"Samurai Jack" creator wants to bring back hand-drawn cartoons to big studio animated films

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SyFy has "Samurai Jack" creator Genndy Tartakovsky quoted as saying that he wants to bring back hand-drawn cartoons to big studio animated films

"I think one of the problems he will face is convincing executives that those animations will still produce the profits that 3D animated films are producing. My 2-year-old daughter loves Moana and Frozen, but she is bored stiff trying to watch hand-drawn 2D animation. She actually gets upset if I put on a cartoon that isn’t incredibly rendered like Word Party or Secret Life of Pets have been rendered. She’s been spoiled and I don’t see her changing her mind until she’s old enough to start grasping storylines and dialog intricacies."

I hope he succeeds. 2D animation has always had a certain unique charm unmatched by its 3D equivalent. 

The last full-length Disney film that was drawn using traditional (aka 2D) animation/no computerized assistance? 2011’s "Winnie the Pooh." And, as of right this minute, there are absolutely no plans for a new traditional/2D films from Disney or its rivals. Although, the master of the craft, Hayao Miyazaki did un-retire to make another film, so we do have that to look forward to.
Director Brad Bird ("The Iron Giant") had some interesting things to say about the future of traditional animation last year: 
"I actually think it’s a lot more valid than other people do. I think the industry tends to like to think in the narrow sort of mindset of a businessman, and businessman absolutes and movies really exist in a much grayer region of dreams and stuff like that, and instinct is prized in movies, it’s not prized with the businessmen in movies, but movies themselves often reward instinct rather than pie charts. And what has not been done is that there’s been no American animation done on Disney-level quality that has really gone into different genres. For instance, there’s never been a horror movie in animation executed at a Disney-level quality and hand-drawn, I’m not talking about CG I’m talking about hand-drawn, but it doesn’t take a lot to imagine how cool that would be. If you think of the scariest parts of Snow White or Pinocchio or Fantasia with Night on Bald Mountain, you could do something really scary in animation and I think if you did it right, if you did it with all the art that Spielberg did Jaws, I think that it would be an amazing experience because there’s something intuitive about when people are drawing directly with their hands."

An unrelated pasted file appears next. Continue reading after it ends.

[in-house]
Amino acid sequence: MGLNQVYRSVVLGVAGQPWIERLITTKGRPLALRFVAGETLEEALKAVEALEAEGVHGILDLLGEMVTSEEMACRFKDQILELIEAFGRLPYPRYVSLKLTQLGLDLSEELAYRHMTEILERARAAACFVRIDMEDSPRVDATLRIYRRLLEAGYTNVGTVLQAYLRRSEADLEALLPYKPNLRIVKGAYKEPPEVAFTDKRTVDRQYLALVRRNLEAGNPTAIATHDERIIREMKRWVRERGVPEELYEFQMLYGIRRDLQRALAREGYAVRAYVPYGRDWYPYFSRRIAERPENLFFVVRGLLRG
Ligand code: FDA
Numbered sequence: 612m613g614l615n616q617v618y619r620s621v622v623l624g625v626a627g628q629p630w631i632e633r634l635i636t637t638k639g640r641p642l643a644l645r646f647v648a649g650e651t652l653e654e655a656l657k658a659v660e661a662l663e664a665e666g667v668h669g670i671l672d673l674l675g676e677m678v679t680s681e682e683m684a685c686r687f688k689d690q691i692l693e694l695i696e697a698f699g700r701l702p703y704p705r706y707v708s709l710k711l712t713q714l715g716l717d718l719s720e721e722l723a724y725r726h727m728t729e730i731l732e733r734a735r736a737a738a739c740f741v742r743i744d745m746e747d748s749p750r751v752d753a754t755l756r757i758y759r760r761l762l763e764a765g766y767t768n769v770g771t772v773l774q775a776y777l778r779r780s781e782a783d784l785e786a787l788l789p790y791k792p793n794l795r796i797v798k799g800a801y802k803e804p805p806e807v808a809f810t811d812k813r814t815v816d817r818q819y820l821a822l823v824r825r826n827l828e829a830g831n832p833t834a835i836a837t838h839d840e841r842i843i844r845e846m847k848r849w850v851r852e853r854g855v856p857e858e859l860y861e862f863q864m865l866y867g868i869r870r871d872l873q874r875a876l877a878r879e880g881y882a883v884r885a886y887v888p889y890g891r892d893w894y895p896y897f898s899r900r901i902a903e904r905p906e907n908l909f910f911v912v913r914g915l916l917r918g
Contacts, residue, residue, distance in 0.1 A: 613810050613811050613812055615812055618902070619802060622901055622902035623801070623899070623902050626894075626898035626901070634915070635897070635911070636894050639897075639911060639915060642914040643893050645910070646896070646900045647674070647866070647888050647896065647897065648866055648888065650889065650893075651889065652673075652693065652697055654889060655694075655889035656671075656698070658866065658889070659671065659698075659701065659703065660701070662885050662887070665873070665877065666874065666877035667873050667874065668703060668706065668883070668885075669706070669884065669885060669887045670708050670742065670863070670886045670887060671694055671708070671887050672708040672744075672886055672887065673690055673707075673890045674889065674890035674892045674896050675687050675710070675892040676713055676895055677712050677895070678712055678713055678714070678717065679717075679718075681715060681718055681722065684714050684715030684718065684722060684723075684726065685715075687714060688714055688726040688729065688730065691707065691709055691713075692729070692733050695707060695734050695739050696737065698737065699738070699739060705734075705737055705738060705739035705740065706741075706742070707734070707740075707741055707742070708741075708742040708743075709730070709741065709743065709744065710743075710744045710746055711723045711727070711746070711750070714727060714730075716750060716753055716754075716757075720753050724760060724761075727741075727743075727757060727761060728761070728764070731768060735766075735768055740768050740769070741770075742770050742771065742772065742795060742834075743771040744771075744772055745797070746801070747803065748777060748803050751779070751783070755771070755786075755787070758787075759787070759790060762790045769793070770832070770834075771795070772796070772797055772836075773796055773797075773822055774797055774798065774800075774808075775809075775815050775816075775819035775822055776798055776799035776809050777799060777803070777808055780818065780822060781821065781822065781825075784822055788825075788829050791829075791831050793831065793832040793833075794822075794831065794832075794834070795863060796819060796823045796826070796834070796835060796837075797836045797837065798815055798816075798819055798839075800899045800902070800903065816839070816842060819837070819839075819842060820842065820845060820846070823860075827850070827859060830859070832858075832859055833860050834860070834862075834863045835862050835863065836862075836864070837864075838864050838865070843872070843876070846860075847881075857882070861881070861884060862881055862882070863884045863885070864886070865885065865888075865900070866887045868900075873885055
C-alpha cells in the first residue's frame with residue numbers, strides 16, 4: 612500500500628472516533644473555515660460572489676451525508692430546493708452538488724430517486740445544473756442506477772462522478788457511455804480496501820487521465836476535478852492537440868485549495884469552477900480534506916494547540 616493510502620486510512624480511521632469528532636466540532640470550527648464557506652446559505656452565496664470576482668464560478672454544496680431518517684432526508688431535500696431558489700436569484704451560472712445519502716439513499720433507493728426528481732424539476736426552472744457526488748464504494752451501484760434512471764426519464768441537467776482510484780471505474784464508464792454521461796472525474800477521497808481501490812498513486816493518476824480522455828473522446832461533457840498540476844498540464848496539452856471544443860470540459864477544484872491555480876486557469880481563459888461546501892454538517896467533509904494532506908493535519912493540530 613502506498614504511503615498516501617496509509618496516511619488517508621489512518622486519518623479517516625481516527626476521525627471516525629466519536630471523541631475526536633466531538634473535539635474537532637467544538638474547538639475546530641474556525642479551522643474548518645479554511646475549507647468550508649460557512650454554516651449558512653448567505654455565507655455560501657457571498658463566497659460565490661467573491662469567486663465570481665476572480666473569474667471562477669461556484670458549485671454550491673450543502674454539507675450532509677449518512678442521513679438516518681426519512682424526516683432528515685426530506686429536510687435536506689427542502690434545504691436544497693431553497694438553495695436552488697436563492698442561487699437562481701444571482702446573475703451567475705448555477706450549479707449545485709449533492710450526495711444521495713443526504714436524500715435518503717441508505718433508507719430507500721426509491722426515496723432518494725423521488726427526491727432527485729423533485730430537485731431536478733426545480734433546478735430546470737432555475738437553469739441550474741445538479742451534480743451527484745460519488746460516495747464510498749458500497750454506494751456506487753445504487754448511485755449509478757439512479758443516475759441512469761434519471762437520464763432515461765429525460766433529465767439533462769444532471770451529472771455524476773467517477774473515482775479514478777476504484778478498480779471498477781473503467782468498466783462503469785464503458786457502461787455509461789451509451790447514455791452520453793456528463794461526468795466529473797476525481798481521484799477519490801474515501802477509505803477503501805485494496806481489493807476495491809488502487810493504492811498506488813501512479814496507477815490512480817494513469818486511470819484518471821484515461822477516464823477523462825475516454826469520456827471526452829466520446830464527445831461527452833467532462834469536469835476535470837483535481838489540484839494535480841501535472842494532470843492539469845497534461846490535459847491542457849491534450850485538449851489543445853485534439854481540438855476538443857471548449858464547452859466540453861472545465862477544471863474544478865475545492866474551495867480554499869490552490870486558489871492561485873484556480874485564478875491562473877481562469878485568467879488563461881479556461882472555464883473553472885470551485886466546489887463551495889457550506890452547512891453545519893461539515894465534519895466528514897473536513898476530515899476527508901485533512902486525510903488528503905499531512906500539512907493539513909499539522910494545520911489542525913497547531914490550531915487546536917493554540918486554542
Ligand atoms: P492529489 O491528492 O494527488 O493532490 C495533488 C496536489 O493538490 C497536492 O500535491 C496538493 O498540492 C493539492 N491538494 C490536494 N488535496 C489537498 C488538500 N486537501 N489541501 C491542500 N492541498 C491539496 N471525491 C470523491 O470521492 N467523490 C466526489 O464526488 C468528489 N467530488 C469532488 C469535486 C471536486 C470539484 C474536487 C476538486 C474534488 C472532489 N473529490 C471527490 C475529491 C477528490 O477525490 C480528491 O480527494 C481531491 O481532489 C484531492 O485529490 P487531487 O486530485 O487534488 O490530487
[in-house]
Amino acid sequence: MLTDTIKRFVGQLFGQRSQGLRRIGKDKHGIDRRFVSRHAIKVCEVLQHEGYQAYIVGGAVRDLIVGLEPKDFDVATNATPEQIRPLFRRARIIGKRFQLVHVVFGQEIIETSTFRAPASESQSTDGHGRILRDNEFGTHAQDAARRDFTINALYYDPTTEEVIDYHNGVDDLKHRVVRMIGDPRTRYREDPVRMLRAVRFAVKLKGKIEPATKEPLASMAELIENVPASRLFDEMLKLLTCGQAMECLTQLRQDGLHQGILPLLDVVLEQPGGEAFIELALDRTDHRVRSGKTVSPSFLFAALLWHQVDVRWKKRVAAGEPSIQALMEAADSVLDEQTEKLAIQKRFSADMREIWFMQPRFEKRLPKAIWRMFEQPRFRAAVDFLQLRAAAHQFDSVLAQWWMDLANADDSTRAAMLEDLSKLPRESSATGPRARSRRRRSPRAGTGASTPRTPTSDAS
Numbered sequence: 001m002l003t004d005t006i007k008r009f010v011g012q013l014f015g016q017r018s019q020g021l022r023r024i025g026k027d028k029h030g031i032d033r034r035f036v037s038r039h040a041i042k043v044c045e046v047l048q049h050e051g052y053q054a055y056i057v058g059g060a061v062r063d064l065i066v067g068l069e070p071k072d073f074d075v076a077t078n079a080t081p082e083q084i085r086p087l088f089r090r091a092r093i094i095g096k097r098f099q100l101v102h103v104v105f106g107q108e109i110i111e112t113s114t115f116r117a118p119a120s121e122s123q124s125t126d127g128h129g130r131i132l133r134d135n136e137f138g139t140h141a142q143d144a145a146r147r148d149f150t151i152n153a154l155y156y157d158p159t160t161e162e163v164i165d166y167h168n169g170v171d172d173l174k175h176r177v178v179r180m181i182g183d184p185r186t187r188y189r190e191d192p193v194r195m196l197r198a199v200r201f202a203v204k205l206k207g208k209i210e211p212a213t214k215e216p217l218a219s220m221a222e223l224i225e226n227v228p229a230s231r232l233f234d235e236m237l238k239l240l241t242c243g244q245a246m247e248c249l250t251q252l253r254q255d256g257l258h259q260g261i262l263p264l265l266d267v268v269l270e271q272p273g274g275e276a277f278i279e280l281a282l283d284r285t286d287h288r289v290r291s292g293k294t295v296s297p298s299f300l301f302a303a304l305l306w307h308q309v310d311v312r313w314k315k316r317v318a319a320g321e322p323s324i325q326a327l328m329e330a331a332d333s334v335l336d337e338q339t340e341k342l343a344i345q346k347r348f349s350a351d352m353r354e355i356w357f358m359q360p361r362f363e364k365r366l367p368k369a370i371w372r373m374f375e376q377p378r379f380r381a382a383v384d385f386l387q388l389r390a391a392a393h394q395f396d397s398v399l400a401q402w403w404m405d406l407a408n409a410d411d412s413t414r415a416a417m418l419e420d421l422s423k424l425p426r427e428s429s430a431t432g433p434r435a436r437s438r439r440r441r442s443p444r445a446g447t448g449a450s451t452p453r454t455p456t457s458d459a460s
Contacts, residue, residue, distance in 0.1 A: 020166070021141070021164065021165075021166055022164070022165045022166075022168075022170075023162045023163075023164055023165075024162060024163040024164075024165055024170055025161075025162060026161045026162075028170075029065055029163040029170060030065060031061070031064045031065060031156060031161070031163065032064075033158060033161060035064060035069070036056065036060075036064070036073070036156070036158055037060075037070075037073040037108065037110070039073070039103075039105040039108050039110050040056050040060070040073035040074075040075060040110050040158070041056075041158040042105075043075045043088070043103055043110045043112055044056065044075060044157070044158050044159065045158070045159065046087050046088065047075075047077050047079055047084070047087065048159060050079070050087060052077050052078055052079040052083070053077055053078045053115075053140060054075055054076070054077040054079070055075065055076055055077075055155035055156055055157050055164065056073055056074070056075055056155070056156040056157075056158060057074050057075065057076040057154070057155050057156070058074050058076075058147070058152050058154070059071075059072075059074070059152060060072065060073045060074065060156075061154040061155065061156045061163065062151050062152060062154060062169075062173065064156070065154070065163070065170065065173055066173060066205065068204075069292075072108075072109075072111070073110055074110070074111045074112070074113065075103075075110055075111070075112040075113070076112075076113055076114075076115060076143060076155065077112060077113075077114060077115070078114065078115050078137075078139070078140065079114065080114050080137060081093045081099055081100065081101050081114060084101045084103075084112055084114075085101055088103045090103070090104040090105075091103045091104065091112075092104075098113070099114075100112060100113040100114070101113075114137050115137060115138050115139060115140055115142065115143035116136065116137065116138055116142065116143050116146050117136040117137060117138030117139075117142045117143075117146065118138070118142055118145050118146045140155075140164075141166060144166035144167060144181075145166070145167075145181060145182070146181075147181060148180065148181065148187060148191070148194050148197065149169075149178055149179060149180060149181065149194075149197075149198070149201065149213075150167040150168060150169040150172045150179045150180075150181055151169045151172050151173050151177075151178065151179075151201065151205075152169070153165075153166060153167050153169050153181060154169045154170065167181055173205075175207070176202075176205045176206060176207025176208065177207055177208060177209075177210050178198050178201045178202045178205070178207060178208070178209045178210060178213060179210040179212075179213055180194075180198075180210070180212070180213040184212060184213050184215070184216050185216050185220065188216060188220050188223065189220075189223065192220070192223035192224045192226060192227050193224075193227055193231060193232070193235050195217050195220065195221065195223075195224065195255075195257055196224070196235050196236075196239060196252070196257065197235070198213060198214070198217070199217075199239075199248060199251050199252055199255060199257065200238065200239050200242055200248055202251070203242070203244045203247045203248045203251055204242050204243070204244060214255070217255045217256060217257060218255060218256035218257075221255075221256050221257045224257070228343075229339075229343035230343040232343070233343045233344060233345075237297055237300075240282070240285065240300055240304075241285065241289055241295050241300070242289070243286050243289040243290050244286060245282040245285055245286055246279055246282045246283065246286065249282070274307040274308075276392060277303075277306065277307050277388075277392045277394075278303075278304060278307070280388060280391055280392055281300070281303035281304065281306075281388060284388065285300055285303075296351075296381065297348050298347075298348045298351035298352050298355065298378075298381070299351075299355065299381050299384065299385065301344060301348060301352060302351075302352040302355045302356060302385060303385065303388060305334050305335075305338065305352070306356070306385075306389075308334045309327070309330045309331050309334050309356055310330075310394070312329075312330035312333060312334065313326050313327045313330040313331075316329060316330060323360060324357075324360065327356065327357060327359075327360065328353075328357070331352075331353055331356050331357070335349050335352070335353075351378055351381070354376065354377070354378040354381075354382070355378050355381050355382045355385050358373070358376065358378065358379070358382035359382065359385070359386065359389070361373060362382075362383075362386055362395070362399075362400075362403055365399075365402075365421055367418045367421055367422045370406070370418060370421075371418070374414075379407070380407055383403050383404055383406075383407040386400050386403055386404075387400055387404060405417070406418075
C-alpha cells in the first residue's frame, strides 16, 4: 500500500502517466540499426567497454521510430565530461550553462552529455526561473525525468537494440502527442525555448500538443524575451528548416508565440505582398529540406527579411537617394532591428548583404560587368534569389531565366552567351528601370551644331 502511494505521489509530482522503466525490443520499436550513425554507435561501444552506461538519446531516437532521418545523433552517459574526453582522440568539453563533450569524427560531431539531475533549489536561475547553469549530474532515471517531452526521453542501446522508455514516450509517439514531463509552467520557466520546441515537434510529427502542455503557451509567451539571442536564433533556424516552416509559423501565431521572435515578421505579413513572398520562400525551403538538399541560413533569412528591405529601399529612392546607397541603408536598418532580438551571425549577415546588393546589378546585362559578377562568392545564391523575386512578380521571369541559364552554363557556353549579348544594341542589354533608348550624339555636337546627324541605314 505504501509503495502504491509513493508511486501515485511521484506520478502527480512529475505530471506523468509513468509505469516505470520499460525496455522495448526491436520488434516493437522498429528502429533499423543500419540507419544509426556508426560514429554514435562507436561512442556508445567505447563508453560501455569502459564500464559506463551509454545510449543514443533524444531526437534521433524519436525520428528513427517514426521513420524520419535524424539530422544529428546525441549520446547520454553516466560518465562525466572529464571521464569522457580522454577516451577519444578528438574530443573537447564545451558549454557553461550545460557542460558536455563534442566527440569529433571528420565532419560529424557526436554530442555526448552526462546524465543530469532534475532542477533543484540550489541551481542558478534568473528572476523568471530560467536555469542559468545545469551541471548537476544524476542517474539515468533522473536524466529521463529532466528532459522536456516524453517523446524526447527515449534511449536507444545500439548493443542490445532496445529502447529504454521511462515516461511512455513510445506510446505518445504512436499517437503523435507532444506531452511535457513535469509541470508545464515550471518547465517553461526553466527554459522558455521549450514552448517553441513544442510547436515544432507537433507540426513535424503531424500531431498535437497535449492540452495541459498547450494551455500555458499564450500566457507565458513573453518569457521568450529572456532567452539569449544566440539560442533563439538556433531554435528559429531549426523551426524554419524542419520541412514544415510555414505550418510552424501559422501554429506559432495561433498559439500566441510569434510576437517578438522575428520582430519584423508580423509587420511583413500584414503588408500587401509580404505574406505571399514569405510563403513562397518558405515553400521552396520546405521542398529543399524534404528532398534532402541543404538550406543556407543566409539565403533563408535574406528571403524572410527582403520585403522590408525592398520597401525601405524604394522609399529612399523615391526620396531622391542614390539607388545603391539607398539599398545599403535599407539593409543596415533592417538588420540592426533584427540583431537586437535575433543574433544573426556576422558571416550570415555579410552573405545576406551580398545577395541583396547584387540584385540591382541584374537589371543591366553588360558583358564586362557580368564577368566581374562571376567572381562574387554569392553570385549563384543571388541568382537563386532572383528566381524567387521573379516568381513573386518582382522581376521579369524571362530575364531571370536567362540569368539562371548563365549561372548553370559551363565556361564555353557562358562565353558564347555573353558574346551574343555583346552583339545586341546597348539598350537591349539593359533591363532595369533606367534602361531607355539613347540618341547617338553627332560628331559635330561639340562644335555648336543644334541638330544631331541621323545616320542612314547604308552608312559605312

"The problem is that every time people have deviated from the Disney playbook in hand-drawn animation, they’ve done so with staff that is nowhere near the Disney-level talent or Disney-level budgets. So you have things like Heavy Metal, which not all of them are great, but a couple of them are really interesting, but they didn’t have the money or the artists to pull them off at the level that maybe they should’ve been pulled off. Whereas in live-action film there are all kinds of new films being done in different genres where people can really execute an idea at a top level. It’s just that animation rewards grooming a team and keeping a team in place. That’s why when studios try to emulate Disney on the quick-and-cheap they always fail because Disney has refined their animation team over years, they have a history of it, people go to Disney and know that there’s going to be a job after the movie, there’s going to be another movie. And when you assemble animation teams the way you do a live-action film, you’re often struggling a bit to get a cohesive team together, so if you have a team that works well together, you’re hoping for another film so that you can refine the team."
"But for someone like me who wants to move back and forth between animation and live-action, that becomes its own challenge, but I absolutely think that hand-drawn animation is valid and I actually hope to do one in the future with a large budget and a longer schedule than we had on Iron Giant."